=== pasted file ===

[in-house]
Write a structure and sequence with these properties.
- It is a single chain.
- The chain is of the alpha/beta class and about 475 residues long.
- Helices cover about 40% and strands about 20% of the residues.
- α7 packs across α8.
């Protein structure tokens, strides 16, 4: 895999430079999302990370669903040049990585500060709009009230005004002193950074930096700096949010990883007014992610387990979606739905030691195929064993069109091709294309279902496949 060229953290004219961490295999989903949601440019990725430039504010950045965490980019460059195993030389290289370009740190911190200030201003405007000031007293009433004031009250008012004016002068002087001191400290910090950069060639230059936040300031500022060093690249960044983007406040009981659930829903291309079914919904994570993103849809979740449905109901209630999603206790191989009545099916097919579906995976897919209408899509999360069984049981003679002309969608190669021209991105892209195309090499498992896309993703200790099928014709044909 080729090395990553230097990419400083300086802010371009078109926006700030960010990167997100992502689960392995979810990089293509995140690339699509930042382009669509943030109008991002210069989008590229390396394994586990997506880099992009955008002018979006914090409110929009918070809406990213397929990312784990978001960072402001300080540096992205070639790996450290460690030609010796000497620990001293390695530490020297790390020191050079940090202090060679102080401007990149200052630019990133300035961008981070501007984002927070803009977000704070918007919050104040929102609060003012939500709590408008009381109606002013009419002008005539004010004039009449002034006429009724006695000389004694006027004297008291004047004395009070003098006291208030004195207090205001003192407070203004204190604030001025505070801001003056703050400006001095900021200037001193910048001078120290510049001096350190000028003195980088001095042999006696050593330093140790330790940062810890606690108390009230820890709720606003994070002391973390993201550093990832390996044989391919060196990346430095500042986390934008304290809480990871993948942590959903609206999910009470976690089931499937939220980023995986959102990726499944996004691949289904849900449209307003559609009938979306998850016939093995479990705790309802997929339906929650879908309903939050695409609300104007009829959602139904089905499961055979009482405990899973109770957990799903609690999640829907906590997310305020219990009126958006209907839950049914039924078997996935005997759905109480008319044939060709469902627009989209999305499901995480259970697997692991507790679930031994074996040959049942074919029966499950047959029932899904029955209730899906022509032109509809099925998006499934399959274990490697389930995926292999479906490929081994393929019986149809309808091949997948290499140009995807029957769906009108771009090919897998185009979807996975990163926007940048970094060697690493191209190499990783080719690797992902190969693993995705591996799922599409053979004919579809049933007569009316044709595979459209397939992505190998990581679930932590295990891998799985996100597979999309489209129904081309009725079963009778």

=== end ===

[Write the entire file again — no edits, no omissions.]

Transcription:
[in-house]
Write a structure and sequence with these properties.
- It is a single chain.
- The chain is of the alpha/beta class and about 475 residues long.
- Helices cover about 40% and strands about 20% of the residues.
- α7 packs across α8.
């Protein structure tokens, strides 16, 4: 895999430079999302990370669903040049990585500060709009009230005004002193950074930096700096949010990883007014992610387990979606739905030691195929064993069109091709294309279902496949 060229953290004219961490295999989903949601440019990725430039504010950045965490980019460059195993030389290289370009740190911190200030201003405007000031007293009433004031009250008012004016002068002087001191400290910090950069060639230059936040300031500022060093690249960044983007406040009981659930829903291309079914919904994570993103849809979740449905109901209630999603206790191989009545099916097919579906995976897919209408899509999360069984049981003679002309969608190669021209991105892209195309090499498992896309993703200790099928014709044909 080729090395990553230097990419400083300086802010371009078109926006700030960010990167997100992502689960392995979810990089293509995140690339699509930042382009669509943030109008991002210069989008590229390396394994586990997506880099992009955008002018979006914090409110929009918070809406990213397929990312784990978001960072402001300080540096992205070639790996450290460690030609010796000497620990001293390695530490020297790390020191050079940090202090060679102080401007990149200052630019990133300035961008981070501007984002927070803009977000704070918007919050104040929102609060003012939500709590408008009381109606002013009419002008005539004010004039009449002034006429009724006695000389004694006027004297008291004047004395009070003098006291208030004195207090205001003192407070203004204190604030001025505070801001003056703050400006001095900021200037001193910048001078120290510049001096350190000028003195980088001095042999006696050593330093140790330790940062810890606690108390009230820890709720606003994070002391973390993201550093990832390996044989391919060196990346430095500042986390934008304290809480990871993948942590959903609206999910009470976690089931499937939220980023995986959102990726499944996004691949289904849900449209307003559609009938979306998850016939093995479990705790309802997929339906929650879908309903939050695409609300104007009829959602139904089905499961055979009482405990899973109770957990799903609690999640829907906590997310305020219990009126958006209907839950049914039924078997996935005997759905109480008319044939060709469902627009989209999305499901995480259970697997692991507790679930031994074996040959049942074919029966499950047959029932899904029955209730899906022509032109509809099925998006499934399959274990490697389930995926292999479906490929081994393929019986149809309808091949997948290499140009995807029957769906009108771009090919897998185009979807996975990163926007940048970094060697690493191209190499990783080719690797992902190969693993995705591996799922599409053979004919579809049933007569009316044709595979459209397939992505190998990581679930932590295990891998799985996100597979999309489209129904081309009725079963009778």